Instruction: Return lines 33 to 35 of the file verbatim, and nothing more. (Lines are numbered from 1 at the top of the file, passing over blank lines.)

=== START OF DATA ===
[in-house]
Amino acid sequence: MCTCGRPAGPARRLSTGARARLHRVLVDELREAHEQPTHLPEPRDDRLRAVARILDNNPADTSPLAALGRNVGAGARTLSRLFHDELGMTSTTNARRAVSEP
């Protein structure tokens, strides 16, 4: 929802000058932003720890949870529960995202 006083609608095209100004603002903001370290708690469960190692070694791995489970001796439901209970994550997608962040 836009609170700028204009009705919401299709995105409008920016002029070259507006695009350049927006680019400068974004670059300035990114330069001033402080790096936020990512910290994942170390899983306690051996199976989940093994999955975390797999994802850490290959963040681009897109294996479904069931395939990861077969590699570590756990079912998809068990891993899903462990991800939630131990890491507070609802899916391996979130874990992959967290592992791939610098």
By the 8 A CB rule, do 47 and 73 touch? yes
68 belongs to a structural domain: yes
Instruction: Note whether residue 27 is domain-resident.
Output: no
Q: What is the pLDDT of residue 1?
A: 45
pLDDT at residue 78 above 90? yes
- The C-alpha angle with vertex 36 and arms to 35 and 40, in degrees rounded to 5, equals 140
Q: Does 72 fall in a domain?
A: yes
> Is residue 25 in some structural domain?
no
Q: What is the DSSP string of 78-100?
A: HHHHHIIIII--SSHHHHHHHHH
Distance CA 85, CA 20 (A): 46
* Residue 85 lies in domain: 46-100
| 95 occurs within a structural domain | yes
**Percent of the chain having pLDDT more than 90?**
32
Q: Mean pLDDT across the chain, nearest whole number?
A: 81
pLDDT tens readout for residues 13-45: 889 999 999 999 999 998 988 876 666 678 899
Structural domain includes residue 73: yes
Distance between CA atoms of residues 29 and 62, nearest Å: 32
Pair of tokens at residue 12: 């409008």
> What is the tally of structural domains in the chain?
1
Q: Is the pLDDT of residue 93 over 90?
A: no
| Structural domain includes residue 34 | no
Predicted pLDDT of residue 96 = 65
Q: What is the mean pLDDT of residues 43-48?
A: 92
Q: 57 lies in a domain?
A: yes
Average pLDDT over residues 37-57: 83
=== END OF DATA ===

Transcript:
| Structural domain includes residue 34 | no
Predicted pLDDT of residue 96 = 65
Q: What is the mean pLDDT of residues 43-48?